President Franklin D. Roosevelt probably didn't realize that when he sent mild-mannered history professor, William E. Dodd, to Germany in 1933, as ambassador and charged him with maintaining stability and protecting U. S. investments, he was also sending Dodd's exact opposite-- his high-spirited daughter Martha. While William assessed and reported on the situation in pre-war Germany, growing more and more alarmed at Hitler's blatant aggression, Martha fell in love, literally and figuratively, with Nazi Germany. Although the 22 year old left an estranged husband in New York, she embarked on a series of love affairs with as diverse a group of men as the head of the Gestapo and a Russian agent. At one point, one of her friends thought that she would be a good match for Hitler and arranged a meeting for them. When they first arrived in Berlin, Dodd, his wife and their grown children, Martha and Bill, found the political and social climate cordial, if not overly welcoming. Part of the problem was that Dodd was not the typical diplomat, men who were rich and socially and politically connected. Because he was determined to run the embassy on his salary and not augment it with personal resources, the Germans and fellow diplomats looked down on his parsimony. He was never made a member of the "Pretty Good Club," the tight-knit group of career diplomats who proclaimed that being a diplomat was a "pretty good" job. As Hitler continued his murderous rise to power, Dodd tried to warn Washington about the inevitability of America's involvement in a war in Europe, but he was largely ignored and was encouraged to resign his post in 1937.
In the Garden of Beasts is a fascinating look at the society that immediately preceded and gave rise to the Holocaust and World War II. There are intimate glimpses of Hitler, Goering, Goebbels, Rohm, and many of the other luminaries of the age as they attended carefree social functions while planning the mass annihilation of millions of people. Initially, Martha found the Nazi leaders charming, dating many of them and commenting on Goebel's sense of humor. To her credit, though, she recognized their inhumanity early on and became an outspoken critic. Unfortunately her ties to her Russian lover and visits to Russia caused her to adopt communist sympathies that led to her becoming an outcast in America. William E. Dodd retired to his farm in Virginia, resumed his scholarly pursuits and died in 1940, never knowing that his insight into the pre-war events and his unheeded warnings would be a respected piece of U.S. history.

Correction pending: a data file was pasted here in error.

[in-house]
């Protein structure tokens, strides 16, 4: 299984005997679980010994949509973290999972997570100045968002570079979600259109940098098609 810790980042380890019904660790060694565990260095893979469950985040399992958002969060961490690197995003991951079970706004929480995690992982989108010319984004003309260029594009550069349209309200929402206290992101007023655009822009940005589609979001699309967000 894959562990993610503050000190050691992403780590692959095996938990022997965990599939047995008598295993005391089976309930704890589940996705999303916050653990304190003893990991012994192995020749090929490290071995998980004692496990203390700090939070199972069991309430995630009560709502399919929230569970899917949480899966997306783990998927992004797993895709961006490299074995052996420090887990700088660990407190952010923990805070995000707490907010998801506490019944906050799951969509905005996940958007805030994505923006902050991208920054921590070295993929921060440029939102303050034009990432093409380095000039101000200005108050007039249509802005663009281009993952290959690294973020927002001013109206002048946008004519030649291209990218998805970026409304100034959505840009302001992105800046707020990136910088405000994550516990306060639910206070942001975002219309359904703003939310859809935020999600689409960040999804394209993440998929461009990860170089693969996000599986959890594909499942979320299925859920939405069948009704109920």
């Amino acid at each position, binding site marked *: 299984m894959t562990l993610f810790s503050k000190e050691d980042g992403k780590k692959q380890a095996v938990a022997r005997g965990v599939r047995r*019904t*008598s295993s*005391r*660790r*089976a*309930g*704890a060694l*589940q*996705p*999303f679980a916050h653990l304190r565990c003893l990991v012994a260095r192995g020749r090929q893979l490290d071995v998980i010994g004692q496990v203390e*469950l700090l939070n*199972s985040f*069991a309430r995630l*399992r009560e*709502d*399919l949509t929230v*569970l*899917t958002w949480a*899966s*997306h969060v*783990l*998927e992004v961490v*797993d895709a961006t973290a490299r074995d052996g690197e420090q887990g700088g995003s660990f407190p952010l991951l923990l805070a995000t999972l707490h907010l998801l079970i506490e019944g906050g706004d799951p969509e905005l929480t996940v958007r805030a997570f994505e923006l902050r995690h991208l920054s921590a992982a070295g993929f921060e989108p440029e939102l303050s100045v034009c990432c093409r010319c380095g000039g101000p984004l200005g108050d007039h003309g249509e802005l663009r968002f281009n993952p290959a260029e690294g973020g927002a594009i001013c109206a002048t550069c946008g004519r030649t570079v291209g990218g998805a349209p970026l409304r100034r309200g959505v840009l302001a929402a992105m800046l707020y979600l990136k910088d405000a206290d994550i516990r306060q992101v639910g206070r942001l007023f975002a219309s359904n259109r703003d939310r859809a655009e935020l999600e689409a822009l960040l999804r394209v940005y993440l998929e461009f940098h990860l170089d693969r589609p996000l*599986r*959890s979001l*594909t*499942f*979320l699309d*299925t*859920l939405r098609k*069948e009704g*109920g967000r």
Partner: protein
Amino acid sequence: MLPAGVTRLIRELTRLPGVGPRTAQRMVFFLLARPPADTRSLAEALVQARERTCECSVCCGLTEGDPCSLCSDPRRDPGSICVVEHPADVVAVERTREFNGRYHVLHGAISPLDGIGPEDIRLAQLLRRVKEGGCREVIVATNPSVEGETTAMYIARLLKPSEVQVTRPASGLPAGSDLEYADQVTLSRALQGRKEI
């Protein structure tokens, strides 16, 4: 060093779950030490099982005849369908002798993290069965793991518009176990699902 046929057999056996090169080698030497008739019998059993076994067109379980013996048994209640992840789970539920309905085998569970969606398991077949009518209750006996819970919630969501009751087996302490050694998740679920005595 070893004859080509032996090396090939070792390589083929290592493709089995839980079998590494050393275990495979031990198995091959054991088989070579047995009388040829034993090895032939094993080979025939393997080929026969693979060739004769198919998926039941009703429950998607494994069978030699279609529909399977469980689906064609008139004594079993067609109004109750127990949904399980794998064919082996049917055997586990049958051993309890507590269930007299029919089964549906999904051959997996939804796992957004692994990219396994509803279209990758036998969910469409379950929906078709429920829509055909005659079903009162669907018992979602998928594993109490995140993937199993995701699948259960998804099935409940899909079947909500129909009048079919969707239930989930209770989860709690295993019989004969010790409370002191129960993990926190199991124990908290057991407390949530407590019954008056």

Erik Larsen combines letters, diaries, newspaper accounts, public testimony and private commentary so skillfully that In the Garden of Beasts reads like a novel. With Stephen Hoye's flawless narration, minor characters, as well as Nazi giants, populate a world of frivolity and terror, immersing the listener in the precursor to one of our nation's most horrible eras. History buffs and casual readers alike will find this audio book engrossing, enlightening and entertaining.
In the Garden of Beasts by Erik Larson
Read by Stephen Hoye
Random House Audio, unabridged: 13 hours on 11CDs